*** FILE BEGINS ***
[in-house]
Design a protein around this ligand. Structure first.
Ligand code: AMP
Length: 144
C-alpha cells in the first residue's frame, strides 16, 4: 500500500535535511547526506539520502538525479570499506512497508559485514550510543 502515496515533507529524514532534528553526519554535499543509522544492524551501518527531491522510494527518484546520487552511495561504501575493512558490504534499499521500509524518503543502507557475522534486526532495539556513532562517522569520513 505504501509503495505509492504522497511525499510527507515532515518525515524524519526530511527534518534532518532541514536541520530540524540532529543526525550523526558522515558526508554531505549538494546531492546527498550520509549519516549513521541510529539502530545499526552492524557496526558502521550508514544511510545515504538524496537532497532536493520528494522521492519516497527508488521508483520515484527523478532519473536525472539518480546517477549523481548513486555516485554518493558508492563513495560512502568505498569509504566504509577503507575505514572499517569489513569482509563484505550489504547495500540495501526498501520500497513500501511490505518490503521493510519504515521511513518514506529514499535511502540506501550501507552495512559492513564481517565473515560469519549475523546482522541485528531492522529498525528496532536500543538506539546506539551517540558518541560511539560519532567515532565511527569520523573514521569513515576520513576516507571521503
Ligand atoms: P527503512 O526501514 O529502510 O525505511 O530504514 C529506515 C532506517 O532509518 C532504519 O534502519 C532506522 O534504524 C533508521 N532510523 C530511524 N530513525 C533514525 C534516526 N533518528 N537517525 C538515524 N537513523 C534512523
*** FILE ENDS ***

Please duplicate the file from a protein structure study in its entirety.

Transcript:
[in-house]
Design a protein around this ligand. Structure first.
Ligand code: AMP
Length: 144
C-alpha cells in the first residue's frame, strides 16, 4: 500500500535535511547526506539520502538525479570499506512497508559485514550510543 502515496515533507529524514532534528553526519554535499543509522544492524551501518527531491522510494527518484546520487552511495561504501575493512558490504534499499521500509524518503543502507557475522534486526532495539556513532562517522569520513 505504501509503495505509492504522497511525499510527507515532515518525515524524519526530511527534518534532518532541514536541520530540524540532529543526525550523526558522515558526508554531505549538494546531492546527498550520509549519516549513521541510529539502530545499526552492524557496526558502521550508514544511510545515504538524496537532497532536493520528494522521492519516497527508488521508483520515484527523478532519473536525472539518480546517477549523481548513486555516485554518493558508492563513495560512502568505498569509504566504509577503507575505514572499517569489513569482509563484505550489504547495500540495501526498501520500497513500501511490505518490503521493510519504515521511513518514506529514499535511502540506501550501507552495512559492513564481517565473515560469519549475523546482522541485528531492522529498525528496532536500543538506539546506539551517540558518541560511539560519532567515532565511527569520523573514521569513515576520513576516507571521503
Ligand atoms: P527503512 O526501514 O529502510 O525505511 O530504514 C529506515 C532506517 O532509518 C532504519 O534502519 C532506522 O534504524 C533508521 N532510523 C530511524 N530513525 C533514525 C534516526 N533518528 N537517525 C538515524 N537513523 C534512523